Downers Grove acted within its rights when two Ogden Avenue massage parlors were ordered closed after police uncovered evidence of prostitution more than three years ago, according to an appellate court ruling
The three-justice Illinois Appellate Court unanimously upheld Downers Grove officials' right to revoke the business licenses of King's Health Spa and Ace Health Spa after police stings in 2011 allegedly caught two employees offering sexual favors during massages.
"The village council and I are extremely gratified that the Appellate Court has recognized the massage parlor problem and the need for strong enforcement of our ordinances," Mayor Martin T. Tully said in a statement. "These businesses are inconsistent with the values of our village. They also diminish the reputation of legitimate professional therapeutic massage facilities."
The owners of the two spas and their attorneys could not immediately be reached for comment.
Downers Grove Police and the DuPage Metropolitan Enforcement Group performed stings on both businesses in March 2011. Undercover officers posed as customers wanting a massage and female employees offered to perform sex acts on the officers, village officials said. One woman from each spa was arrested and charged with prostitution.
After administrative hearings, Village Manager David Fieldman yanked the business licenses for Ace at 1911 Ogden and for King's at 930 Ogden.
The owners for both parlors appealed the decision to the Circuit Court of DuPage County. Judge Robert G. Gibson ruled in 2013 that the license revocation for King's was justified and affirmed the village's decision. A different judge, however, overturned the move to pull Ace's license and ordered the village to impose a more lenient penalty.
The cases again were appealed to the higher court to consider whether Fieldman overstepped his bounds by rescinding the licenses.
In the June 11 ruling, justices Kathryn E. Zenoff, Ann B. Jorgensen and Joseph E. Birkett agreed with the village's contention that one ordinance violation for prostitution is reason enough to revoke a business license, because prostitution is such a difficult crime to expose.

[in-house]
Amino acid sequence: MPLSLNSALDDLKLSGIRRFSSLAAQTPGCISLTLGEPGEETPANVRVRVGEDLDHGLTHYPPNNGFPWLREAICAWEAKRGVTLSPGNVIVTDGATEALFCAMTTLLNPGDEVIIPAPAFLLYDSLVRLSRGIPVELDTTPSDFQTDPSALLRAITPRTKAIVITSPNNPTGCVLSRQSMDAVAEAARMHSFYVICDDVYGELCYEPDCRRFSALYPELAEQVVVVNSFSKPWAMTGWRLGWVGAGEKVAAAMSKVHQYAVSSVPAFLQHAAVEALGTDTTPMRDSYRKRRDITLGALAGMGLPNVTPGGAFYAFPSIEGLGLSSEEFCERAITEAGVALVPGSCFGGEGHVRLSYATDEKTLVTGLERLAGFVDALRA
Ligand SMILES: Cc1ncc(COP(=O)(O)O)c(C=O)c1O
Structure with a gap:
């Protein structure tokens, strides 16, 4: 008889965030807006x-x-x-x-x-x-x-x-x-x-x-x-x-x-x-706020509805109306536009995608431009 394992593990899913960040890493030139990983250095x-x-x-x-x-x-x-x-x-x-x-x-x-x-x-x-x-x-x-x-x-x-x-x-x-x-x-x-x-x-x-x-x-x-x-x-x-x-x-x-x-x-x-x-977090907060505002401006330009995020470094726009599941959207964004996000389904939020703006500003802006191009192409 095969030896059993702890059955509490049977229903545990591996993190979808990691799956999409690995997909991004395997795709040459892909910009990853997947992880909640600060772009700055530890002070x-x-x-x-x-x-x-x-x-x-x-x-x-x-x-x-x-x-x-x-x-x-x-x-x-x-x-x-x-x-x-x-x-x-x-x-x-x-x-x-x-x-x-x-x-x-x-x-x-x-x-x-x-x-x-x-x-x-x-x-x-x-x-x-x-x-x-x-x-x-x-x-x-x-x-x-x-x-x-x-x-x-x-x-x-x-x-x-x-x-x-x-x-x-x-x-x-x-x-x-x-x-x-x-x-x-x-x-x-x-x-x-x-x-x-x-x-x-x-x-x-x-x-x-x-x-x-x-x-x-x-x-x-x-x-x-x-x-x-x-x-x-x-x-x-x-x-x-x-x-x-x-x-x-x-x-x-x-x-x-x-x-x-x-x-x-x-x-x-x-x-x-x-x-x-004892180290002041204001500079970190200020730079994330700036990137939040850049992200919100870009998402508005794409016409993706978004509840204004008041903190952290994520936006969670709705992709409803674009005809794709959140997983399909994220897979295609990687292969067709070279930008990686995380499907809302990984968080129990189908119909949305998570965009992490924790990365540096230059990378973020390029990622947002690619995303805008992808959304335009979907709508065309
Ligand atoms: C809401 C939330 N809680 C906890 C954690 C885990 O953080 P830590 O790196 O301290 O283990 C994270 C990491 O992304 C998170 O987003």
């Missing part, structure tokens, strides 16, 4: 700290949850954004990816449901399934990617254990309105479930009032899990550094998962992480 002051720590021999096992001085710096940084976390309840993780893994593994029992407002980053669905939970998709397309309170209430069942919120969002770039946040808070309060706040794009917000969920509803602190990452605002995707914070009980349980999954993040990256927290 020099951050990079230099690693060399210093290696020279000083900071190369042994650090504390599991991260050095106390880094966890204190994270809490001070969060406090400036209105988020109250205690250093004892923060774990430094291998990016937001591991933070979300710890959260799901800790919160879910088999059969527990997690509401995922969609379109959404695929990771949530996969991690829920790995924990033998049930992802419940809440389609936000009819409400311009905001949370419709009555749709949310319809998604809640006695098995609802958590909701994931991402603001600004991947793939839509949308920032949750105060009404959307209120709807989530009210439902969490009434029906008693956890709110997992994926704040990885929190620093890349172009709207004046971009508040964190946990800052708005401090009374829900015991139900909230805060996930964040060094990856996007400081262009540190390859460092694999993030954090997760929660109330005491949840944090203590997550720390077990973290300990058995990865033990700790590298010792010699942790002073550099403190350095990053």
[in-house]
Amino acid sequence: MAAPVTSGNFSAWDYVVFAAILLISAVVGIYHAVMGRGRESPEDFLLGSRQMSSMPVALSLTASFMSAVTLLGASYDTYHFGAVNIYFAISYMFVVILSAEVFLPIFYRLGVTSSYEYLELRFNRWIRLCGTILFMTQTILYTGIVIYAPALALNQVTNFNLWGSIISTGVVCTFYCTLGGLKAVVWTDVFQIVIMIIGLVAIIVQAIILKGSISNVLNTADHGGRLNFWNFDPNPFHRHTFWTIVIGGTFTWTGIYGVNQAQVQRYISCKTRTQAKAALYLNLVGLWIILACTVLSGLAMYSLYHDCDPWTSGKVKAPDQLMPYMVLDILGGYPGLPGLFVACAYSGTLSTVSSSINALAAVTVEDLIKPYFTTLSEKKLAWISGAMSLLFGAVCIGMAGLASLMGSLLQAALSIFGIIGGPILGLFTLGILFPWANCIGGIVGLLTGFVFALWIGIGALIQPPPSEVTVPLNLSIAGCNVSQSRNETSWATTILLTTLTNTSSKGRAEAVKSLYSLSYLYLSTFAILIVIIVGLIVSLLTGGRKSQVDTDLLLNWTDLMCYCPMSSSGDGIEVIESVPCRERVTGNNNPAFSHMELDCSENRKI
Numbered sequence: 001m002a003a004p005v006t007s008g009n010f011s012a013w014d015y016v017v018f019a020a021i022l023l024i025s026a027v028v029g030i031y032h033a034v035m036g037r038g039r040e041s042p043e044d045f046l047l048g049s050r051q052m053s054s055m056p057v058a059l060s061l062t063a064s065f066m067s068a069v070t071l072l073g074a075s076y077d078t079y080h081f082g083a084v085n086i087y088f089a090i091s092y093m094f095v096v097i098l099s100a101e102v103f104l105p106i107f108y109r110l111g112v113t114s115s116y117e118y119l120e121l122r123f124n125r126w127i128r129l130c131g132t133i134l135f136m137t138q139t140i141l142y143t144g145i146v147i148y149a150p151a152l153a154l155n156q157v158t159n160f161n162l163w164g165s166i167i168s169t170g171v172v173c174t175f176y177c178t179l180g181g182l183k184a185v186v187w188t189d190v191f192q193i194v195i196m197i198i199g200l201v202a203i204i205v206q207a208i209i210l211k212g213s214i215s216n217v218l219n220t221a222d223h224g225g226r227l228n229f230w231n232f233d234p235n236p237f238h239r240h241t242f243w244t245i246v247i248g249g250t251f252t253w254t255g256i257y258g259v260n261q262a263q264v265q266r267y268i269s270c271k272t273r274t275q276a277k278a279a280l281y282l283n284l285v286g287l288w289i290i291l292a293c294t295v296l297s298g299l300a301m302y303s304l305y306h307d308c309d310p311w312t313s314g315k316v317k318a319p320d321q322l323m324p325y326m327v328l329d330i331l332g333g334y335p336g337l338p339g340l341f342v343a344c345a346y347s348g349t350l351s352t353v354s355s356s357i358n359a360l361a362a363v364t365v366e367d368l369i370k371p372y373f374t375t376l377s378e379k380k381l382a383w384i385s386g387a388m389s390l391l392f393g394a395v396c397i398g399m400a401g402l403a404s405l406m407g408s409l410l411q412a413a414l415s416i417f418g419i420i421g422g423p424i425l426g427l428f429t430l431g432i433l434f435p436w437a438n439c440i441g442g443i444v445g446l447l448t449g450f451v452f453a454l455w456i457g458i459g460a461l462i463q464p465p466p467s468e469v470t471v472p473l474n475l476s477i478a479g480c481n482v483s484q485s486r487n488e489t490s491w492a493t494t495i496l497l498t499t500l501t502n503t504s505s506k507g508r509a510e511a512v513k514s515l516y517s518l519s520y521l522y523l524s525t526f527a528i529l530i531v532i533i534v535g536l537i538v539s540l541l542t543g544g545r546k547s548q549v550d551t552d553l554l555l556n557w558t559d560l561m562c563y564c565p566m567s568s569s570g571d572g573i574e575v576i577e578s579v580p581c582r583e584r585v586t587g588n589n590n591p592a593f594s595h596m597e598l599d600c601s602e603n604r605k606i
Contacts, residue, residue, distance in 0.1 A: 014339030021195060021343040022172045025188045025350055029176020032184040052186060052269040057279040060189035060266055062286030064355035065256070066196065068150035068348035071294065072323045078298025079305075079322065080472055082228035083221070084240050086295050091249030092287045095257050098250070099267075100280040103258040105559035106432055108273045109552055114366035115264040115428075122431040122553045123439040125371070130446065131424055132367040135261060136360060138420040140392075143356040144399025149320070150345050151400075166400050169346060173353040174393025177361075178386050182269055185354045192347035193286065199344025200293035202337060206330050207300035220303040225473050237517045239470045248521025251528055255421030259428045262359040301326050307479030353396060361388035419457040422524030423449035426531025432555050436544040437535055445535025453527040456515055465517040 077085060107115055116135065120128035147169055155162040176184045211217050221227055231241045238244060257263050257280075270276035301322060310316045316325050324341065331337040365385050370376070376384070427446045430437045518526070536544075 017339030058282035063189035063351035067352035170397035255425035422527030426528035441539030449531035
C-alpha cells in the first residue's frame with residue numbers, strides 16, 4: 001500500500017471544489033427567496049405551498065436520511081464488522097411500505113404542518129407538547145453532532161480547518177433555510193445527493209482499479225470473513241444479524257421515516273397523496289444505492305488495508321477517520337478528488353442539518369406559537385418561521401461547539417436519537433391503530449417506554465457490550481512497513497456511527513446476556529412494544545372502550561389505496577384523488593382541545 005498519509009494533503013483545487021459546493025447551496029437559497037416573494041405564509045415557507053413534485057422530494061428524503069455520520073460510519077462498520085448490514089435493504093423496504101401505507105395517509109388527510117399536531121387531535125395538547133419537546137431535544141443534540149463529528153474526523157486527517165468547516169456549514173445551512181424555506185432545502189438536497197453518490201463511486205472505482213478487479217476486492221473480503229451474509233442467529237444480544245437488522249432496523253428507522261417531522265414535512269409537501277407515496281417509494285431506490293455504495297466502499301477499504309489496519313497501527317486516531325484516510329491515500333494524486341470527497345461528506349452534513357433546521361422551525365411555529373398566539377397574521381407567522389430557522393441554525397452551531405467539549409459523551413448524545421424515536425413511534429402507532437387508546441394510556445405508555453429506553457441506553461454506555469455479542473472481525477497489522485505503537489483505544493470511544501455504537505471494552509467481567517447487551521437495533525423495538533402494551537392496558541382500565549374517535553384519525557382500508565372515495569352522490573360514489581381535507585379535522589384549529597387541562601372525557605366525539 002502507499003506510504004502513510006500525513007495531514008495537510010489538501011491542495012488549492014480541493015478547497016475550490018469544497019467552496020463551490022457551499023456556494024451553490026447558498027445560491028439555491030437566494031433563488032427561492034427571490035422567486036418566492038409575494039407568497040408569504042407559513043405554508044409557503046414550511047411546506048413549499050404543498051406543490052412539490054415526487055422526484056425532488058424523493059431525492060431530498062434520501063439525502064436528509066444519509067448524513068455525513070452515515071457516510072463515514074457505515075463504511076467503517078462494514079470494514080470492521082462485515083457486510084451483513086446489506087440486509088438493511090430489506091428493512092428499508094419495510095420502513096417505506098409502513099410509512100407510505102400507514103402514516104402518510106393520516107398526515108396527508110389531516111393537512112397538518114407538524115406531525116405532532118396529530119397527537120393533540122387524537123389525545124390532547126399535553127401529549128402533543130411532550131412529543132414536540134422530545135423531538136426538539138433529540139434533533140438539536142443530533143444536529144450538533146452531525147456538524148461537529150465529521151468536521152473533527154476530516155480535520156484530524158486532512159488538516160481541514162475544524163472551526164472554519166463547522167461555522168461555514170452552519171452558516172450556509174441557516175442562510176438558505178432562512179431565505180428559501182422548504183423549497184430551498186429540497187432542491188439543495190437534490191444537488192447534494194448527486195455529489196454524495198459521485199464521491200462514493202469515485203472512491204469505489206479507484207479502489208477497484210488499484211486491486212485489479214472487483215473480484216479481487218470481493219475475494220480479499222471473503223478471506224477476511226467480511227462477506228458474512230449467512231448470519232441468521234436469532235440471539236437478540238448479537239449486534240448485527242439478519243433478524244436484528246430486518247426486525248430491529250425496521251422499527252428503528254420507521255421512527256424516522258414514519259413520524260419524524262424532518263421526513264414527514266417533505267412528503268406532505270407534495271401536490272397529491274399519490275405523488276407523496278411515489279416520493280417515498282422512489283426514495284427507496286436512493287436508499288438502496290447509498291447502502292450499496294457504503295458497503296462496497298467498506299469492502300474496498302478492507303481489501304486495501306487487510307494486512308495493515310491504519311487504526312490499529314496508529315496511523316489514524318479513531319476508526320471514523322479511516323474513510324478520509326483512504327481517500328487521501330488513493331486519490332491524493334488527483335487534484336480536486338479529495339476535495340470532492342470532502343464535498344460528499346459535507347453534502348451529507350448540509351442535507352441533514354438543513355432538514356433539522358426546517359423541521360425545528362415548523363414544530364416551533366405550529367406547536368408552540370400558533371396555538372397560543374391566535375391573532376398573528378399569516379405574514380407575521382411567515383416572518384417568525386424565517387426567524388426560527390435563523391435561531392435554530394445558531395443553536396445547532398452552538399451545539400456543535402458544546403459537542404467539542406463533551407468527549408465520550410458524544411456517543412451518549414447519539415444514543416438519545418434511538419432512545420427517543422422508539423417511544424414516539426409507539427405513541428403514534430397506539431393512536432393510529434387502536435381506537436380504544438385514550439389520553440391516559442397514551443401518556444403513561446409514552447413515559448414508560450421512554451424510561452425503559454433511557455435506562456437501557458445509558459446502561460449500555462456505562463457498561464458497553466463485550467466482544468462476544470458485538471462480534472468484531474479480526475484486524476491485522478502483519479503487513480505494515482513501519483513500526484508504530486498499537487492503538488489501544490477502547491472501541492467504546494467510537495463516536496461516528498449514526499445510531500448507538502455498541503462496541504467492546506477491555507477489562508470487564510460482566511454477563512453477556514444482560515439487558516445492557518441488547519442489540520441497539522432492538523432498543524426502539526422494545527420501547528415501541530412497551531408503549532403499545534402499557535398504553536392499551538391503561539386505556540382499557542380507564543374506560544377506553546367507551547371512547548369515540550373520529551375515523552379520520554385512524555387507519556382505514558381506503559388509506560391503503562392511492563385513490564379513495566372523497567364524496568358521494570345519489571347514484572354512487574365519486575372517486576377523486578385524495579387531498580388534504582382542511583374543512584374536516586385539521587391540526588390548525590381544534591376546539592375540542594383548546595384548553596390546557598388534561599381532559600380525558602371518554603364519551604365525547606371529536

"Given the private setting in which massage services are provided, prostitution in a massage establishment could be uncovered only by using the type of police operation that occurred in these cases," Zenoff wrote in the ruling. "The private nature of the provision of massage services highlights the need for strict regulation."
The justices also undercut the arguments from Ace owner Chong Kim, who said that he had no tolerance for prostitution, fired the employee who was arrested and had no knowledge that such behavior was taking place in the parlor.
"Kim's testimony indicated that essentially he was an absentee owner who visited the spa once a month to receive a report from the manager and to pay certain bills," Zenoff wrote. "While revocation of a massage establishment license for a single prostitution incident might be a very strong sanction where the licensee has no history of violations and no knowledge of his or her employees' prohibited conduct, we cannot say that such a strong sanction necessarily is an abuse of discretion."
King's has remained closed since 2011. Ace is still in business because the village's decision to pull the license was delayed while the case was pending. Village spokesman Doug Kozlowski said the village is moving forward with efforts to force the parlor to close.
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